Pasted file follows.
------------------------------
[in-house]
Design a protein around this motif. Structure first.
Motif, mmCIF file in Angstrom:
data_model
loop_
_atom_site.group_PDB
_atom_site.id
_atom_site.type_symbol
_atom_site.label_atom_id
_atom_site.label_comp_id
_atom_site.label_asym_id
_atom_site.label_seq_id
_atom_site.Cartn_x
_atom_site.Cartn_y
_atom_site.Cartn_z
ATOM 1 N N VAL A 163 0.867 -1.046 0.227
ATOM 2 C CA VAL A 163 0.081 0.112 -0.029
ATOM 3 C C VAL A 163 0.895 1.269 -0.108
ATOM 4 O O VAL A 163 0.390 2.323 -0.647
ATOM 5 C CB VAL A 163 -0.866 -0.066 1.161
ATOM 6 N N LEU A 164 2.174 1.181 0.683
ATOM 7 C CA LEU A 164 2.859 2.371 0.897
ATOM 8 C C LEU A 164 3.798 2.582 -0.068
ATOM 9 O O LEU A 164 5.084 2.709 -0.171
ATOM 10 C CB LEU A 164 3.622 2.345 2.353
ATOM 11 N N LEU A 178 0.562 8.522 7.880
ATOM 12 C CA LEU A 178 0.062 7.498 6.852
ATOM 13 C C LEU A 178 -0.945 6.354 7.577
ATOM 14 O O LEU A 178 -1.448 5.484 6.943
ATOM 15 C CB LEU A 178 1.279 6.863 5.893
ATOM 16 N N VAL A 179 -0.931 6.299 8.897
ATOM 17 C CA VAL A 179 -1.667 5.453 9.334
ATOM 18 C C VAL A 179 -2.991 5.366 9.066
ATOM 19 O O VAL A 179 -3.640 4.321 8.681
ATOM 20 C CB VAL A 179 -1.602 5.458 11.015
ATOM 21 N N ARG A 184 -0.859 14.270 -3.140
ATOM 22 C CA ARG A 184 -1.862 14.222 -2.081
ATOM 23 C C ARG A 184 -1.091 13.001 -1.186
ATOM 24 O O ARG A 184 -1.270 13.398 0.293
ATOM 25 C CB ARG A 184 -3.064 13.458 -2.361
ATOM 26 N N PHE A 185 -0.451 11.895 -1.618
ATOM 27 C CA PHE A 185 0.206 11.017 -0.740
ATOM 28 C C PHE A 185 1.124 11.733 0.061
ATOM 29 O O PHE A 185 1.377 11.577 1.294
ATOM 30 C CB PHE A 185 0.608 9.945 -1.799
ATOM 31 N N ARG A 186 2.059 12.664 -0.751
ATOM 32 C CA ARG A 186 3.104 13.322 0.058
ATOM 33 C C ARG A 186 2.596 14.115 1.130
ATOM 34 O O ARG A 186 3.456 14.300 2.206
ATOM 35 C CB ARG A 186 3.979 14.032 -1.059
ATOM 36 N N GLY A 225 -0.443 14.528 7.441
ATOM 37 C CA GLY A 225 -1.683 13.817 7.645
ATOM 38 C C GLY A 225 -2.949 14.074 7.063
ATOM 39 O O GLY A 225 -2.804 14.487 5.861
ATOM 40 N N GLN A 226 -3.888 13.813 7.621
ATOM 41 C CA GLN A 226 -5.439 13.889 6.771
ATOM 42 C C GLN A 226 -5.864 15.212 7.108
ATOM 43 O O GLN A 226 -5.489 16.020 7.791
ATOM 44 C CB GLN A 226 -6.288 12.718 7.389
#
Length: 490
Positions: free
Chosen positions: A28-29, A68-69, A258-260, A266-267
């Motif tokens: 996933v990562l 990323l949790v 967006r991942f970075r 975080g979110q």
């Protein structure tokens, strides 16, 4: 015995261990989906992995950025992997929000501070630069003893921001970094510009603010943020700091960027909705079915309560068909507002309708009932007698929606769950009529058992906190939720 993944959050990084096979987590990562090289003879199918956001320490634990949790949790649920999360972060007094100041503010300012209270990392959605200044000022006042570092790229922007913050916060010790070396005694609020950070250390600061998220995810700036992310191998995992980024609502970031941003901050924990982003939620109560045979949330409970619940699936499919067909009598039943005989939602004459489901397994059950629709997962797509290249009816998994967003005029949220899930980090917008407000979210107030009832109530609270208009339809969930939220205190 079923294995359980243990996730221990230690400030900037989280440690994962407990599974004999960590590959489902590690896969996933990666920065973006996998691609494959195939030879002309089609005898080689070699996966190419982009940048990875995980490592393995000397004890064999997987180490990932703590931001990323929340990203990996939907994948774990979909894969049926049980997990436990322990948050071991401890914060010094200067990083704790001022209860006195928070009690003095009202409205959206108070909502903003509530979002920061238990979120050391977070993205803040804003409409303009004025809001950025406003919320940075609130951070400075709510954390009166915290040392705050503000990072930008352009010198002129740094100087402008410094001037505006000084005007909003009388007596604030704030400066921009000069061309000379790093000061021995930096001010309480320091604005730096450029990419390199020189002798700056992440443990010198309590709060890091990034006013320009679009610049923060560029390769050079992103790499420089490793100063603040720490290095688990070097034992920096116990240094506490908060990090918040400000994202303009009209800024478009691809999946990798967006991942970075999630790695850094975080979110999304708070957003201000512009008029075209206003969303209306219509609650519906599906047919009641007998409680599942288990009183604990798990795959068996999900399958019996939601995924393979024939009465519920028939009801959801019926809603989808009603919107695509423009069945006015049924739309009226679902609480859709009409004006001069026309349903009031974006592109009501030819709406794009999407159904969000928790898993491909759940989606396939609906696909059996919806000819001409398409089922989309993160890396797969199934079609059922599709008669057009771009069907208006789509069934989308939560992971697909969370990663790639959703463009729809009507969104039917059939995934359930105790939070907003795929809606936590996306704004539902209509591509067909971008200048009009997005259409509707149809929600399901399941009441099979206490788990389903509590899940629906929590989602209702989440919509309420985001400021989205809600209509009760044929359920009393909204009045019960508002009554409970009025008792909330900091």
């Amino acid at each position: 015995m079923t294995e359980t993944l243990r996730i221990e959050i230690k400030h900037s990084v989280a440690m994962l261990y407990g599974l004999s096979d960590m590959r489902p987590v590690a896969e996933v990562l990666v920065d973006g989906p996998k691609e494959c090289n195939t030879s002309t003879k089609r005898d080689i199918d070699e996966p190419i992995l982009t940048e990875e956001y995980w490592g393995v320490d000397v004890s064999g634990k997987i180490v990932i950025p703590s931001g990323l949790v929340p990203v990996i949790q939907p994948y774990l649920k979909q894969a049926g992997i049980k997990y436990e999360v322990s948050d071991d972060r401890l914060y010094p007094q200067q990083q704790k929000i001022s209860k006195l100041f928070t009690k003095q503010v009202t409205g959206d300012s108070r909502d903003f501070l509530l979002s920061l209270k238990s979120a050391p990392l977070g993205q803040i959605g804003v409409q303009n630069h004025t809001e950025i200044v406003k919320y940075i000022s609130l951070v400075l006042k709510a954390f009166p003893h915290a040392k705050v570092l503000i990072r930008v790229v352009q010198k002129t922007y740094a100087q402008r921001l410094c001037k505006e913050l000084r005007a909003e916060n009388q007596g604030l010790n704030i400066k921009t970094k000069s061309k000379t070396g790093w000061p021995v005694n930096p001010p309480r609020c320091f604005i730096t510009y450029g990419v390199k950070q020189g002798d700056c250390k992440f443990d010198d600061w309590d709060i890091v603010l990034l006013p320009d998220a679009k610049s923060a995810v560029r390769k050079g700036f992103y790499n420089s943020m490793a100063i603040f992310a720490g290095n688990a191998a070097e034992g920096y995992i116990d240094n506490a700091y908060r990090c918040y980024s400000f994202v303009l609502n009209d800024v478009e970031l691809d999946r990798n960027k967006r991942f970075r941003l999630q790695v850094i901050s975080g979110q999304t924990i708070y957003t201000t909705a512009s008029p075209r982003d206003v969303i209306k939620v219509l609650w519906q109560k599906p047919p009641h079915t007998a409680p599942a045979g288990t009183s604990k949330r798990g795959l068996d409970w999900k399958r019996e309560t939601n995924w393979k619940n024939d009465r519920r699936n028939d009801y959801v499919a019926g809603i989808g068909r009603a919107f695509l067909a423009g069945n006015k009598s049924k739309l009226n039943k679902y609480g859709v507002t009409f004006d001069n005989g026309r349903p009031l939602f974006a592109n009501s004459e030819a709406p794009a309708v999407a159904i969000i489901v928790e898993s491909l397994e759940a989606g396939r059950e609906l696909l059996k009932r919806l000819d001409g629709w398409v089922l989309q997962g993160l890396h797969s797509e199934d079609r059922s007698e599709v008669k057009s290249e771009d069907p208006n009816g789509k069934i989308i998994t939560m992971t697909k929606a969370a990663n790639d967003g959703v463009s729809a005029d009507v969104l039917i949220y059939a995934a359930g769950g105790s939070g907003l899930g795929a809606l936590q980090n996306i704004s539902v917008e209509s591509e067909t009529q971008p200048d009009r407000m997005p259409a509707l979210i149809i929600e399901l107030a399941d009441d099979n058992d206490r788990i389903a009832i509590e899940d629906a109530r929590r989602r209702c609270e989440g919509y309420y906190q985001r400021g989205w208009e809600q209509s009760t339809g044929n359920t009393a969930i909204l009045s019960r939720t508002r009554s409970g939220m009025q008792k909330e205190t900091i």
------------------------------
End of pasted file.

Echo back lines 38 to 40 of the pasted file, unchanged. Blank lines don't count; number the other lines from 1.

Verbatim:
ATOM 23 C C ARG A 184 -1.091 13.001 -1.186
ATOM 24 O O ARG A 184 -1.270 13.398 0.293
ATOM 25 C CB ARG A 184 -3.064 13.458 -2.361